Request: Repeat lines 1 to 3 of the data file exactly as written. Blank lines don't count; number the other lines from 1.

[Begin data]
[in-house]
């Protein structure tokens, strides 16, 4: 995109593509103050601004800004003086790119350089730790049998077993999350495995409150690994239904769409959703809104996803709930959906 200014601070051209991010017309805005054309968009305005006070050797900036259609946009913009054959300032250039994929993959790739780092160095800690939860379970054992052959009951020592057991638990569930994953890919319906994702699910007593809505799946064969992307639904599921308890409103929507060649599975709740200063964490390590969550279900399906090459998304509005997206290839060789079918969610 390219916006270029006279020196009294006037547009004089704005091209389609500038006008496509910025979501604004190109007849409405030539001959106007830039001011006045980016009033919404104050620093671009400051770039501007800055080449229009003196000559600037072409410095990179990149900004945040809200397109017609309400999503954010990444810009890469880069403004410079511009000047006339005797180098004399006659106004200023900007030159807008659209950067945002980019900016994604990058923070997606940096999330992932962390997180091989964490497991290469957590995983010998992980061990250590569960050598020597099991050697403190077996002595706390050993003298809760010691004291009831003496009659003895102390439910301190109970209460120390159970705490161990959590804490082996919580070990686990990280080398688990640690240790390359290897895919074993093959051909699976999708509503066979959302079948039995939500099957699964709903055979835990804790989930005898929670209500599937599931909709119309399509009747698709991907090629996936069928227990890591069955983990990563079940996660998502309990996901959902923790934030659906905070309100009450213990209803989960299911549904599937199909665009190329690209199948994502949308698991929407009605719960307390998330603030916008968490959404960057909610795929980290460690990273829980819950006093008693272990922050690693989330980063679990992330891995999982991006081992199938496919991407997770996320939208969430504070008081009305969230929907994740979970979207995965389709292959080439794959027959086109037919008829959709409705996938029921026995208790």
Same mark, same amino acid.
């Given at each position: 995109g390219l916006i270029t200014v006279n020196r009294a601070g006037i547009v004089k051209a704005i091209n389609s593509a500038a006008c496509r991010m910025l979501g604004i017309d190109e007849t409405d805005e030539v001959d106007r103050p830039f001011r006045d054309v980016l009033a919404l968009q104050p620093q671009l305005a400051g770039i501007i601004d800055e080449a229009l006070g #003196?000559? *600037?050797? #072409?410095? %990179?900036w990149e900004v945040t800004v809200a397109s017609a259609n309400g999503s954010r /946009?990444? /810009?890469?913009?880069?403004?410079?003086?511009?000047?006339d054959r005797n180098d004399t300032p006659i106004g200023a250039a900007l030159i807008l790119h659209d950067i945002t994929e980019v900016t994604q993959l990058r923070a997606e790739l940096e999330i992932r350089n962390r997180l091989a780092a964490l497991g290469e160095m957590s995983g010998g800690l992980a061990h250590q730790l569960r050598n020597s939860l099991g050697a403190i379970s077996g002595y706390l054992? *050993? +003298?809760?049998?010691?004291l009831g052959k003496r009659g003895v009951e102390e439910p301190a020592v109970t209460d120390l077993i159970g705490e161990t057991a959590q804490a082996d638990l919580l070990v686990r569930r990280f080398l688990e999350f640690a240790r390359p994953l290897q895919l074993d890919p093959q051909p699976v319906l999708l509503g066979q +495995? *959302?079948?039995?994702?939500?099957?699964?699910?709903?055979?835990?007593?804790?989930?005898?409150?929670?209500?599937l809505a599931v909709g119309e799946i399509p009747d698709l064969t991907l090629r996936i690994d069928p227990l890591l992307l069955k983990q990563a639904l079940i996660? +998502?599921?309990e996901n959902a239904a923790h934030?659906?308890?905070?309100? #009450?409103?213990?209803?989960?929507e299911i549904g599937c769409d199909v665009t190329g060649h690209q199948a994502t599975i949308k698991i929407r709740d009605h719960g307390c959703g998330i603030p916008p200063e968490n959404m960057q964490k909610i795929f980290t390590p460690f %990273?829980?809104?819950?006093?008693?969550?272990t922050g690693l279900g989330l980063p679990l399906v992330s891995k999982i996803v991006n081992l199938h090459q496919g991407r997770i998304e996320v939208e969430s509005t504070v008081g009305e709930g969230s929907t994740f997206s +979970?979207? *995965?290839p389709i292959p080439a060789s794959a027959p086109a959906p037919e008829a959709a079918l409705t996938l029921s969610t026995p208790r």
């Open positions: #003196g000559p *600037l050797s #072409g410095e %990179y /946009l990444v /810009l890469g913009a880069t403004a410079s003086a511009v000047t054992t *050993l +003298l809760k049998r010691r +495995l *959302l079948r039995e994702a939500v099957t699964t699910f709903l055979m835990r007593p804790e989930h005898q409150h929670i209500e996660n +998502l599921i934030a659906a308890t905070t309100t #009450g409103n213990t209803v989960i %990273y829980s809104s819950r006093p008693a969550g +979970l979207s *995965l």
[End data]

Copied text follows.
[in-house]
């Protein structure tokens, strides 16, 4: 995109593509103050601004800004003086790119350089730790049998077993999350495995409150690994239904769409959703809104996803709930959906 200014601070051209991010017309805005054309968009305005006070050797900036259609946009913009054959300032250039994929993959790739780092160095800690939860379970054992052959009951020592057991638990569930994953890919319906994702699910007593809505799946064969992307639904599921308890409103929507060649599975709740200063964490390590969550279900399906090459998304509005997206290839060789079918969610 390219916006270029006279020196009294006037547009004089704005091209389609500038006008496509910025979501604004190109007849409405030539001959106007830039001011006045980016009033919404104050620093671009400051770039501007800055080449229009003196000559600037072409410095990179990149900004945040809200397109017609309400999503954010990444810009890469880069403004410079511009000047006339005797180098004399006659106004200023900007030159807008659209950067945002980019900016994604990058923070997606940096999330992932962390997180091989964490497991290469957590995983010998992980061990250590569960050598020597099991050697403190077996002595706390050993003298809760010691004291009831003496009659003895102390439910301190109970209460120390159970705490161990959590804490082996919580070990686990990280080398688990640690240790390359290897895919074993093959051909699976999708509503066979959302079948039995939500099957699964709903055979835990804790989930005898929670209500599937599931909709119309399509009747698709991907090629996936069928227990890591069955983990990563079940996660998502309990996901959902923790934030659906905070309100009450213990209803989960299911549904599937199909665009190329690209199948994502949308698991929407009605719960307390998330603030916008968490959404960057909610795929980290460690990273829980819950006093008693272990922050690693989330980063679990992330891995999982991006081992199938496919991407997770996320939208969430504070008081009305969230929907994740979970979207995965389709292959080439794959027959086109037919008829959709409705996938029921026995208790």
Same mark, same amino acid.